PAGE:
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    For bicycle use there is probably about .001% difference between the best available and something comparable to most cheap automotive greases from what I have been able to determine. The most important thing is that you just have some sort of grease present in your bearings, etc. and everything will last a long time. If you are going to set the world hour record or you're a professional TT specialist you might want to look into using light oil in your bearings to reduce drag but for the rest of us there is not much to gain.

  18. #18
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    Ridden Sydney to Kabul using moly grease

    I rode from Sydney to Kabul (through Indonesia, Malaysia, and cheated using a plane from Bangkok to Calcutta) and carried a supply of molybdenum disulphide grease. It always seemed to do the right thing for me, resistant to rain and long distance. I also bought high quality bearing balls with plenty of spares to help me last the distance. That was thirty five years ago, and the bearings provided with bicycles have improved since then, so my old trips to the bearing shop are no longer needed, though at the time I replaced all bearings with the best from the bearing shop.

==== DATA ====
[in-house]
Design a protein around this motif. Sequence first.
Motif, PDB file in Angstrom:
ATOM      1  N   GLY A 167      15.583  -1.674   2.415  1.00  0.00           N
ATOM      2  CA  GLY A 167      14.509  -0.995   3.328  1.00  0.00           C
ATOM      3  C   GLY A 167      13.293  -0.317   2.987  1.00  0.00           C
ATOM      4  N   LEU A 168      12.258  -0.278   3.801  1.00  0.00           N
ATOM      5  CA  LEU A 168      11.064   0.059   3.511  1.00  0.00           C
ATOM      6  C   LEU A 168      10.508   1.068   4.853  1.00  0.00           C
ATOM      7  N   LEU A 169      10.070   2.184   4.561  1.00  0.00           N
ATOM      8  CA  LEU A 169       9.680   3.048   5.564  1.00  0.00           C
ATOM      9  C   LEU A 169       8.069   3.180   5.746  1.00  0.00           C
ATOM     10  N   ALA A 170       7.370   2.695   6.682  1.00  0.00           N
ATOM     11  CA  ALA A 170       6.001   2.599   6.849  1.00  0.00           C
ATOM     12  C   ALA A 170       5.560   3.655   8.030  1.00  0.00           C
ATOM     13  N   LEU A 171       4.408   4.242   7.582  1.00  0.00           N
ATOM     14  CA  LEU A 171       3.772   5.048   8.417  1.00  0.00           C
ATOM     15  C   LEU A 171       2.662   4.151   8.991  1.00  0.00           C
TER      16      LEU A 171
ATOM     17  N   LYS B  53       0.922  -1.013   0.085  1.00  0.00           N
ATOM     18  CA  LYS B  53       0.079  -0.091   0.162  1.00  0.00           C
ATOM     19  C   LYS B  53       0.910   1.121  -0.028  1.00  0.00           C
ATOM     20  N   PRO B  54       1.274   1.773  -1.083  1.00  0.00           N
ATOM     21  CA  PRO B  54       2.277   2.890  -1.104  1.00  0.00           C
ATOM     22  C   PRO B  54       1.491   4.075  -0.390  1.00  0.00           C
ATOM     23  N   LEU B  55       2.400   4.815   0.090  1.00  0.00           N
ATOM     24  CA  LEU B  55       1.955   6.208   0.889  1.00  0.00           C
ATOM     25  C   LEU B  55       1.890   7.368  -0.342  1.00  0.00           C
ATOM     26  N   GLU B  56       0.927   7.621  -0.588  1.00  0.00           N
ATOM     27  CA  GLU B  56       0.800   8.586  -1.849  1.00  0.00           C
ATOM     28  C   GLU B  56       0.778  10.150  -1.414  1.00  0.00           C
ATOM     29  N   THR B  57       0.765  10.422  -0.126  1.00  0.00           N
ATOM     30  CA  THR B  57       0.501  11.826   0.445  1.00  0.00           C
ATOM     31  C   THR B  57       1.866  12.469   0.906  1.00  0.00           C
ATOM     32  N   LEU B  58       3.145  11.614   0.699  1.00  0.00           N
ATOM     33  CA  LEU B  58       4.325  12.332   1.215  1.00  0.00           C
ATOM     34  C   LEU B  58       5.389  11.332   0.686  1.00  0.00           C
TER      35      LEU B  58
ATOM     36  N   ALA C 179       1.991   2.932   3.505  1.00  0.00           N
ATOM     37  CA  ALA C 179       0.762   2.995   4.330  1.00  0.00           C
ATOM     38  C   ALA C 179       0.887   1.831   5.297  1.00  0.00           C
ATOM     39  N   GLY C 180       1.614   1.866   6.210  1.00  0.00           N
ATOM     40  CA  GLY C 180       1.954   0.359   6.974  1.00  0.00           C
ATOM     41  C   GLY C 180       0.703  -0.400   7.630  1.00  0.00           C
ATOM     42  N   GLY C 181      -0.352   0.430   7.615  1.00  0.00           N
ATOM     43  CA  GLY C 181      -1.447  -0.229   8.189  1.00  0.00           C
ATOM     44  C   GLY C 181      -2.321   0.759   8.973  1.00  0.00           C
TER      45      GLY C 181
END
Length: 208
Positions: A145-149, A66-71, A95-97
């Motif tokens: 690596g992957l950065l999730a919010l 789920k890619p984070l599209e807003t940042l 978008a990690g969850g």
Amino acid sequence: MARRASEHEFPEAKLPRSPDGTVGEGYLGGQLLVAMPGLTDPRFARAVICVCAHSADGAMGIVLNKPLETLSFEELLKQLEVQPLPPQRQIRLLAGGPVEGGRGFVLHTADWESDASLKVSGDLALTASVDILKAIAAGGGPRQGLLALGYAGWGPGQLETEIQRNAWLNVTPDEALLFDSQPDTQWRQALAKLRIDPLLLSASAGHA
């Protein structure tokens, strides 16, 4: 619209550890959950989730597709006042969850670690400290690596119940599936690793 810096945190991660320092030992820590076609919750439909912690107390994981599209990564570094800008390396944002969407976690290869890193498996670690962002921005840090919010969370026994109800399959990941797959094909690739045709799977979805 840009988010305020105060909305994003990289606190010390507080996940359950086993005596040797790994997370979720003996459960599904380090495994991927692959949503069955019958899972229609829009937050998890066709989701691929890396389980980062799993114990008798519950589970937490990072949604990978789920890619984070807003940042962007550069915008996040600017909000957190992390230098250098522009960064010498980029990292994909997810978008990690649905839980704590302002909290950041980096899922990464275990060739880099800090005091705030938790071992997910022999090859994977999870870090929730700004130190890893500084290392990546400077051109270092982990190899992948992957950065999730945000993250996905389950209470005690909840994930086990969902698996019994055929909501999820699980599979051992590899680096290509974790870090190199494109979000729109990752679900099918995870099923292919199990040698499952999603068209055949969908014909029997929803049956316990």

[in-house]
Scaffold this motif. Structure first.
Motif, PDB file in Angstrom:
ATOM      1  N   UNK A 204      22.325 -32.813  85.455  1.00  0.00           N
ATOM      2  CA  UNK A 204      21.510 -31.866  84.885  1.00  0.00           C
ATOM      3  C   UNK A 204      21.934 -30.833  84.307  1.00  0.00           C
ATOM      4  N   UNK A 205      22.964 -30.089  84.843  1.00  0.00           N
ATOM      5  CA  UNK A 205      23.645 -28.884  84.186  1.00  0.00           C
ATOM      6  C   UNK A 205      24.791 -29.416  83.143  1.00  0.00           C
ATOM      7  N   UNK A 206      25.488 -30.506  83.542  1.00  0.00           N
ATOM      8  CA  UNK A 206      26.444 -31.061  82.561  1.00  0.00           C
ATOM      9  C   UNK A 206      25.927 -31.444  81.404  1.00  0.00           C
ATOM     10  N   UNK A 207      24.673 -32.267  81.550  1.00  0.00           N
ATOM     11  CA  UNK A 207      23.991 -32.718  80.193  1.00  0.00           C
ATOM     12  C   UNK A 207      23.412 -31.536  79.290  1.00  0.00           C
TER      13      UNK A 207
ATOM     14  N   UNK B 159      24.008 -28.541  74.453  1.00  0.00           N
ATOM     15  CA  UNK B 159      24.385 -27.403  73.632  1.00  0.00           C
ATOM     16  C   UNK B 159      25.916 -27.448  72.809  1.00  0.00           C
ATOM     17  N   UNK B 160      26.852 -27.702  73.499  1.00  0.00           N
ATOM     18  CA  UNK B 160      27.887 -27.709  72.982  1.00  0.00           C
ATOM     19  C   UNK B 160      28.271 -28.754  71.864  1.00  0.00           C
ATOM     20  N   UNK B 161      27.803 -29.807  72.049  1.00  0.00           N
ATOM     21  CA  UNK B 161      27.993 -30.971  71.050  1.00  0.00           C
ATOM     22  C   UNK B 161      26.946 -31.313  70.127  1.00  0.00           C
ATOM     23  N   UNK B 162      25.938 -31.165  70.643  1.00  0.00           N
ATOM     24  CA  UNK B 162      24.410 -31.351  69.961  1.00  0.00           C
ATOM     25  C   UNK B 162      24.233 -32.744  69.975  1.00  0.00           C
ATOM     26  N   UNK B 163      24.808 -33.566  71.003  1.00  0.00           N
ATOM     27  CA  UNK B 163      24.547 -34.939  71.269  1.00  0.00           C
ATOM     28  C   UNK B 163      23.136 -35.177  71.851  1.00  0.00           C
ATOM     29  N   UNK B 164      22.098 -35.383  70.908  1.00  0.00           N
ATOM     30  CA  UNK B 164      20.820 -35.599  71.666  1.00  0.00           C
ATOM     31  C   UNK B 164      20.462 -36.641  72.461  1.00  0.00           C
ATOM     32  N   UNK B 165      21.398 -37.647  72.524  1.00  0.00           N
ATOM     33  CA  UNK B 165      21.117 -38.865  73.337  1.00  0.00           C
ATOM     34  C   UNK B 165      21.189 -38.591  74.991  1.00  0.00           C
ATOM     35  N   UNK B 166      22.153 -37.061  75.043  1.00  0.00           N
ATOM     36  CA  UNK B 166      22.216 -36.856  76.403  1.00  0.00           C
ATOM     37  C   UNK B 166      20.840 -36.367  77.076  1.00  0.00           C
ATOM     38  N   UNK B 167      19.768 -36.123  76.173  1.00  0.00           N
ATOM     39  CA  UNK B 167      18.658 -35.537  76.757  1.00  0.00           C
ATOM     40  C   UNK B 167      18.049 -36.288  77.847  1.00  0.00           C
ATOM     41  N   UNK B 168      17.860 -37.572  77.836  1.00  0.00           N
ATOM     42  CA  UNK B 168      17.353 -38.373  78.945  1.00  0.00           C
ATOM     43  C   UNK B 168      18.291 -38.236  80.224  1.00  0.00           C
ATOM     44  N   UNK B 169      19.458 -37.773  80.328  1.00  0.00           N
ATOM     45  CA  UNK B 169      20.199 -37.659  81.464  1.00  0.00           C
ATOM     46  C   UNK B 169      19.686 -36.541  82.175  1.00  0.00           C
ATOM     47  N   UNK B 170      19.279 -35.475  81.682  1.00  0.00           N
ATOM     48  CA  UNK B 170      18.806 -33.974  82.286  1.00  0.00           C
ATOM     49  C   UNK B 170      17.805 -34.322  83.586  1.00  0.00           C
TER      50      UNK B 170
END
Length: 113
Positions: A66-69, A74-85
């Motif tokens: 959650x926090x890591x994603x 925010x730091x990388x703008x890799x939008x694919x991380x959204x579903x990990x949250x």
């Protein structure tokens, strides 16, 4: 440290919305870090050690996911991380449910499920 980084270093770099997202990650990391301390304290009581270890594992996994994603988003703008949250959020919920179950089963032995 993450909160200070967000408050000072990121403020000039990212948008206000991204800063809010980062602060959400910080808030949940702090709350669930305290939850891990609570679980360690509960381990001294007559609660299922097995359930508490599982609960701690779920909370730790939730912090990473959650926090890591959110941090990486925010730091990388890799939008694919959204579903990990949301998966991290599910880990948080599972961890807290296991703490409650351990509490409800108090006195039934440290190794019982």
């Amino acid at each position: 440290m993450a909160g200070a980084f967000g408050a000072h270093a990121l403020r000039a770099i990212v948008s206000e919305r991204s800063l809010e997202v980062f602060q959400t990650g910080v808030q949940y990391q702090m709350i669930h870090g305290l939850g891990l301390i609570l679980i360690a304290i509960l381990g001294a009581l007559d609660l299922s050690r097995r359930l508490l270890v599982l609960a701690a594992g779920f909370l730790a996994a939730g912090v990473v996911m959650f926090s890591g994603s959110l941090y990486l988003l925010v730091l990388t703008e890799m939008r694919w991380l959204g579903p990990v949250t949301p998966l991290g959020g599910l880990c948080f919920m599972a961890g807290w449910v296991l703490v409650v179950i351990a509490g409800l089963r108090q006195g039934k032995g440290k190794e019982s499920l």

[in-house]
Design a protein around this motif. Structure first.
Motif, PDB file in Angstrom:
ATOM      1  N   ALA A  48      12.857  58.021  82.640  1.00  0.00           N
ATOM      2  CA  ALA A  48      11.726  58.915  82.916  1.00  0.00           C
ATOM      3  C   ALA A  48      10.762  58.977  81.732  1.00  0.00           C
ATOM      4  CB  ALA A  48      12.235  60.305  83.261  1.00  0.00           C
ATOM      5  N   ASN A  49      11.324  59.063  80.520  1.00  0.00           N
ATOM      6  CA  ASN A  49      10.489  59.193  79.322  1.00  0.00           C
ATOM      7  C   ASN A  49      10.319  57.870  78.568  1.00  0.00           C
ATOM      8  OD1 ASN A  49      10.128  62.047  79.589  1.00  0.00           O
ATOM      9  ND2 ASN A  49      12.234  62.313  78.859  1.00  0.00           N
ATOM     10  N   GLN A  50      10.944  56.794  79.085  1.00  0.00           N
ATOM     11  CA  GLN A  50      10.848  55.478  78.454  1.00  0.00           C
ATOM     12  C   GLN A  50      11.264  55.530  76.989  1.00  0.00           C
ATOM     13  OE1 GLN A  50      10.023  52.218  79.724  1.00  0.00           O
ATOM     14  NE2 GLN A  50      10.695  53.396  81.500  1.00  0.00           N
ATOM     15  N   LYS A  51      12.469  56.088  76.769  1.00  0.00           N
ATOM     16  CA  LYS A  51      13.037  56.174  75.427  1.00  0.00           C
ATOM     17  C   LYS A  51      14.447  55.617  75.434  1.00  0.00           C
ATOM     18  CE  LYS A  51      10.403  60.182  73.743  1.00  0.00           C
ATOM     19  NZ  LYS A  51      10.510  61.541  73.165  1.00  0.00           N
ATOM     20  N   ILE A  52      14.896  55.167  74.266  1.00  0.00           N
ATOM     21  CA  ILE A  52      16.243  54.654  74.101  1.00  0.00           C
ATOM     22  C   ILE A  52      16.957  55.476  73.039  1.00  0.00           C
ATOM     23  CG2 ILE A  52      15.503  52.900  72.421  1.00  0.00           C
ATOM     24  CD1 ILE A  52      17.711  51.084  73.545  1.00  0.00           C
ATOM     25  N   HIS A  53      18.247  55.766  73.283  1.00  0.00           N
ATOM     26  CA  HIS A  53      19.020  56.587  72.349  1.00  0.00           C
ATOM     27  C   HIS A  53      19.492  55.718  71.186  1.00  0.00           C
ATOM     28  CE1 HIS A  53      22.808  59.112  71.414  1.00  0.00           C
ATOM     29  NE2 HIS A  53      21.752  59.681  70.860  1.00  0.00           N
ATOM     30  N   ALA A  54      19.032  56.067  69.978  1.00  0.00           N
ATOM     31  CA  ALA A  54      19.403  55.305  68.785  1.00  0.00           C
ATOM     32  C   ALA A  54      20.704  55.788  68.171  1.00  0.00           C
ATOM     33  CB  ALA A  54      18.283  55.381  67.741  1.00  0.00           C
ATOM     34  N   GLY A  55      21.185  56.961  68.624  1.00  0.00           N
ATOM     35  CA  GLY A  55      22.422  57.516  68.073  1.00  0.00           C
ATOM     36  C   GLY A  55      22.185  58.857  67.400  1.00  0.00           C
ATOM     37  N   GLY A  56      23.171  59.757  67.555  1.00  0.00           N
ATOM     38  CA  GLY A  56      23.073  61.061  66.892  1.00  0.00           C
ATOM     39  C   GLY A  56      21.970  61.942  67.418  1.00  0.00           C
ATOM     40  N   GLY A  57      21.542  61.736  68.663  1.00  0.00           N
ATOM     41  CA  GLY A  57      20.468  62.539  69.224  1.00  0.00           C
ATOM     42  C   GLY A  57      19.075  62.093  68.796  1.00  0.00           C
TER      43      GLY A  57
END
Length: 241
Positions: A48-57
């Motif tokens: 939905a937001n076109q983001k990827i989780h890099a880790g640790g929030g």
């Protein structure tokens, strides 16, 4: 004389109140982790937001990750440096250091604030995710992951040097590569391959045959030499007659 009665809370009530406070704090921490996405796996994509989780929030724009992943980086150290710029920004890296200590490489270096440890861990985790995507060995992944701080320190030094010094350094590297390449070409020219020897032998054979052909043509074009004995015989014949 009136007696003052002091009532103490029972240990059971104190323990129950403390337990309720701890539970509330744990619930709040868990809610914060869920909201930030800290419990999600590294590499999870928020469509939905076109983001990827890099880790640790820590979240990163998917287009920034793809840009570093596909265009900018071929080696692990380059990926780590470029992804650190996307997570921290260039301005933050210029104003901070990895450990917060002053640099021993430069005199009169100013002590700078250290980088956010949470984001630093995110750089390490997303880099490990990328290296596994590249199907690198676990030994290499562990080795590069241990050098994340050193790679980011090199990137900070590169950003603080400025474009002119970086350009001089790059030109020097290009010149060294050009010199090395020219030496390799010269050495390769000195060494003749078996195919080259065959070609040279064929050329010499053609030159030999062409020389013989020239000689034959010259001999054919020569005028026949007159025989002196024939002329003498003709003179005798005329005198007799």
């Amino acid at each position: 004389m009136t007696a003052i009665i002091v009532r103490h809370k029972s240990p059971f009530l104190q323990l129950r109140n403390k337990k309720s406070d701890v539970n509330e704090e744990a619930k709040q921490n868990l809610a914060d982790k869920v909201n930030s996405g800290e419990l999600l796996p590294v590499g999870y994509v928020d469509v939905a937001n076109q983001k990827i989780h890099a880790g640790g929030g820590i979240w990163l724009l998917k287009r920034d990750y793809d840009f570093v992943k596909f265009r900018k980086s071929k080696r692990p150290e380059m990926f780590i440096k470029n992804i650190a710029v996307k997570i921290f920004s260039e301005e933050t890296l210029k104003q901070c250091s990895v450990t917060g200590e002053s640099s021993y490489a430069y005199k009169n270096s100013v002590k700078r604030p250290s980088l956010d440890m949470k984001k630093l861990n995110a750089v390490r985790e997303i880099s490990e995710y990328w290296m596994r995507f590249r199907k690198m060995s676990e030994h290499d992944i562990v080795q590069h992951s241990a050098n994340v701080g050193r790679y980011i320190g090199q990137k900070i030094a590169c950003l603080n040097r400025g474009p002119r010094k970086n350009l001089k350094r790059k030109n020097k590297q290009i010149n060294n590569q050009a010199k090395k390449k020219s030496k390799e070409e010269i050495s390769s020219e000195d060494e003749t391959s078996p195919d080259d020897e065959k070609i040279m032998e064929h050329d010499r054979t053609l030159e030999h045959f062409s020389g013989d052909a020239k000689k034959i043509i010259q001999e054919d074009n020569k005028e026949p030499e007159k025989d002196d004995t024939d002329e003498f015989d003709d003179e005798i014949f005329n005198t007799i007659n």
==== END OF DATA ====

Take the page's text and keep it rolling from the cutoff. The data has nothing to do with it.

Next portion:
For the last five years, I continue to ride 160 km or more to work each week, and am surprised at how unreliable my bicycle is unless I maintain it myself. My cables last much longer when I lubricate them with moly grease, though most of my other bearings are sealed now. Bicycle mechanics see its black colour on my cables and imagine some strange contamination, cleaning it away to give me a shorter cable life.

    Though I am an electrical engineer now, I was an apprentice mechanic for a couple of years, where I became acquainted with the virtues of molybdenum disulphide grease.

  19. #19
    \/\/\/\/\/\/\/\/\/\/\/\/\ SumoMuffin's Avatar
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    I've been using Valvoline automotive grease. It's composed of 12-hydroxy-lithium-stearate, with molybdenum disulphide. It works reasonably well, although it's a bit thick and sticky. It also smells bad and has a nasty brown colour. I have a feeling that now since it's colder this stuff is too thick. I'm going to try switching it out for some white lithium grease (WLG). WLG is much thinner, but also much slicker, I think it would work well in cold conditions. I've used it before on a bike that I sold, and it definitely seemed faster. Although, ive heard that it needs to be changed out often because it's so thin. Anyone else change their grease based on weather?